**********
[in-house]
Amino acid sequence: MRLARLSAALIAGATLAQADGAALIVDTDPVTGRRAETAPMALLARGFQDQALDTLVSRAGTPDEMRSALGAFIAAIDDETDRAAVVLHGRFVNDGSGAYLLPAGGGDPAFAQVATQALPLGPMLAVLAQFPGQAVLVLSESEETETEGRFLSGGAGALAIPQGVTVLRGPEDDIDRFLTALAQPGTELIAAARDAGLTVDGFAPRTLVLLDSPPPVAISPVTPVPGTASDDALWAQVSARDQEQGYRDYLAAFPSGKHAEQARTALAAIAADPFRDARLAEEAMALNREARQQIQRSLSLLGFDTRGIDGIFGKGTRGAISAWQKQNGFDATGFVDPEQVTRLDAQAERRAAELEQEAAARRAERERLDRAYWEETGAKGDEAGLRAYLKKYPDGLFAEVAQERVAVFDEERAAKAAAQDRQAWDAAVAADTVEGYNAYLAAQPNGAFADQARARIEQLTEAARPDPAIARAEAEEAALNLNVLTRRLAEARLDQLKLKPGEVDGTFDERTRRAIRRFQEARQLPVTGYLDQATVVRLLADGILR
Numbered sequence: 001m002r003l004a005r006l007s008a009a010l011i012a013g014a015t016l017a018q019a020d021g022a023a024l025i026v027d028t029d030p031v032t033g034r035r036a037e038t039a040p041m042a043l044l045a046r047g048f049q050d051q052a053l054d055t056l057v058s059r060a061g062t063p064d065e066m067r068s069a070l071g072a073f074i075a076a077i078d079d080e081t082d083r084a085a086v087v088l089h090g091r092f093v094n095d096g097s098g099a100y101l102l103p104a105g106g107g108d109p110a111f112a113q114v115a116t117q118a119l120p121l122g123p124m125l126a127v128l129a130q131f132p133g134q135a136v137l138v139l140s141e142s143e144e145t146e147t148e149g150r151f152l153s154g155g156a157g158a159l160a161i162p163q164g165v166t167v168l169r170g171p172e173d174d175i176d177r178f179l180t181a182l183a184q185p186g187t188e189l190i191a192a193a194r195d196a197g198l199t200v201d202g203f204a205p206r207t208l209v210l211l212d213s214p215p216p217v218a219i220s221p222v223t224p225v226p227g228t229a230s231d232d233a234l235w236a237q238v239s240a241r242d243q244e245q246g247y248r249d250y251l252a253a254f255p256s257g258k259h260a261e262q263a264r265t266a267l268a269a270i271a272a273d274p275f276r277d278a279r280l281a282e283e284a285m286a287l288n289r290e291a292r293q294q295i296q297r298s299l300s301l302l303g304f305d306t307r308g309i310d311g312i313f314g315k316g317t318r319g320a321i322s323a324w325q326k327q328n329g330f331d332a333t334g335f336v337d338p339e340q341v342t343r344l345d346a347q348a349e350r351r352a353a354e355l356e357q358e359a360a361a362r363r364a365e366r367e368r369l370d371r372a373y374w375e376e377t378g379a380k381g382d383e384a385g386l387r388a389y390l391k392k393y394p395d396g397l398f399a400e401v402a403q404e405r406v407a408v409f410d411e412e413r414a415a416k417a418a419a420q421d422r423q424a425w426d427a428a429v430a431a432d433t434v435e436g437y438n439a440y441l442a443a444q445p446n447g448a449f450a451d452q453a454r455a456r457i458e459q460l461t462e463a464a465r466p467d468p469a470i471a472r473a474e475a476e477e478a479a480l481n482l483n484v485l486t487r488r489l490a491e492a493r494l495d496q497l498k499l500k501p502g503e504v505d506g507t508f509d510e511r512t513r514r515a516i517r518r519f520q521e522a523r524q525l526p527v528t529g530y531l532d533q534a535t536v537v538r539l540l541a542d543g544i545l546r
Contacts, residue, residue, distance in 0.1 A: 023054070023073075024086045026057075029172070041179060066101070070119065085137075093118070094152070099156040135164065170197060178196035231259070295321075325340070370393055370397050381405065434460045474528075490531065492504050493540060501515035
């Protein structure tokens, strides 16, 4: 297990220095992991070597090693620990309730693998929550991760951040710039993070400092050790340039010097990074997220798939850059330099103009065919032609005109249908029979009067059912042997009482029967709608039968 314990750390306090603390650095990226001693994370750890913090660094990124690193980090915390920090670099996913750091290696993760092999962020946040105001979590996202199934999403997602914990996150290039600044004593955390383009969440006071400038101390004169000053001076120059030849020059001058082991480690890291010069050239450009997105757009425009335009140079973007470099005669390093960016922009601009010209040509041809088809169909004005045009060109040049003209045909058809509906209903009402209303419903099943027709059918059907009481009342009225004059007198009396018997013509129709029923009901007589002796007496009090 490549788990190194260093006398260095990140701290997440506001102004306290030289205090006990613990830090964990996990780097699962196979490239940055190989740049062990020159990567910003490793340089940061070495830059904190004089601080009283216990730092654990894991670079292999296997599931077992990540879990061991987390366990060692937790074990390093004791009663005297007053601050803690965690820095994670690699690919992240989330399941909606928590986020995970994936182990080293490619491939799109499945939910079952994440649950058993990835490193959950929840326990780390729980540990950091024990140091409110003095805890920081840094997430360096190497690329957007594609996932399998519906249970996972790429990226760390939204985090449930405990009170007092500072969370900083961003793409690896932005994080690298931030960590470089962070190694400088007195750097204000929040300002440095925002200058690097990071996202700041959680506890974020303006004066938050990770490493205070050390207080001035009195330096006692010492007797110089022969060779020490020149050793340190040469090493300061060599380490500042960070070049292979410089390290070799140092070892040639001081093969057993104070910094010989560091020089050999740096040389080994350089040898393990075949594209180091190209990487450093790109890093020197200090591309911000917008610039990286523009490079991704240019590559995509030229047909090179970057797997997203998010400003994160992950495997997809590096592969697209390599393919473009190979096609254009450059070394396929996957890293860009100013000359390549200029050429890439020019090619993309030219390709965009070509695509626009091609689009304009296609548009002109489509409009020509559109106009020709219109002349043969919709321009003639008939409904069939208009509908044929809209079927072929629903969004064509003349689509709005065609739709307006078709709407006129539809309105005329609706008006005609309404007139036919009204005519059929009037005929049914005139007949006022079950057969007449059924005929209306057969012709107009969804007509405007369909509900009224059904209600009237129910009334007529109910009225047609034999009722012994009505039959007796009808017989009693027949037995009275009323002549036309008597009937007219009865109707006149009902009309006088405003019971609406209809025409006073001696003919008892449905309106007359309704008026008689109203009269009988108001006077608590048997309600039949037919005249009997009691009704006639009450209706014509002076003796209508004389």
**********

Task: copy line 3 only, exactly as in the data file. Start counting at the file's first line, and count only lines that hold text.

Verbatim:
Numbered sequence: 001m002r003l004a005r006l007s008a009a010l011i012a013g014a015t016l017a018q019a020d021g022a023a024l025i026v027d028t029d030p031v032t033g034r035r036a037e038t039a040p041m042a043l044l045a046r047g048f049q050d051q052a053l054d055t056l057v058s059r060a061g062t063p064d065e066m067r068s069a070l071g072a073f074i075a076a077i078d079d080e081t082d083r084a085a086v087v088l089h090g091r092f093v094n095d096g097s098g099a100y101l102l103p104a105g106g107g108d109p110a111f112a113q114v115a116t117q118a119l120p121l122g123p124m125l126a127v128l129a130q131f132p133g134q135a136v137l138v139l140s141e142s143e144e145t146e147t148e149g150r151f152l153s154g155g156a157g158a159l160a161i162p163q164g165v166t167v168l169r170g171p172e173d174d175i176d177r178f179l180t181a182l183a184q185p186g187t188e189l190i191a192a193a194r195d196a197g198l199t200v201d202g203f204a205p206r207t208l209v210l211l212d213s214p215p216p217v218a219i220s221p222v223t224p225v226p227g228t229a230s231d232d233a234l235w236a237q238v239s240a241r242d243q244e245q246g247y248r249d250y251l252a253a254f255p256s257g258k259h260a261e262q263a264r265t266a267l268a269a270i271a272a273d274p275f276r277d278a279r280l281a282e283e284a285m286a287l288n289r290e291a292r293q294q295i296q297r298s299l300s301l302l303g304f305d306t307r308g309i310d311g312i313f314g315k316g317t318r319g320a321i322s323a324w325q326k327q328n329g330f331d332a333t334g335f336v337d338p339e340q341v342t343r344l345d346a347q348a349e350r351r352a353a354e355l356e357q358e359a360a361a362r363r364a365e366r367e368r369l370d371r372a373y374w375e376e377t378g379a380k381g382d383e384a385g386l387r388a389y390l391k392k393y394p395d396g397l398f399a400e401v402a403q404e405r406v407a408v409f410d411e412e413r414a415a416k417a418a419a420q421d422r423q424a425w426d427a428a429v430a431a432d433t434v435e436g437y438n439a440y441l442a443a444q445p446n447g448a449f450a451d452q453a454r455a456r457i458e459q460l461t462e463a464a465r466p467d468p469a470i471a472r473a474e475a476e477e478a479a480l481n482l483n484v485l486t487r488r489l490a491e492a493r494l495d496q497l498k499l500k501p502g503e504v505d506g507t508f509d510e511r512t513r514r515a516i517r518r519f520q521e522a523r524q525l526p527v528t529g530y531l532d533q534a535t536v537v538r539l540l541a542d543g544i545l546r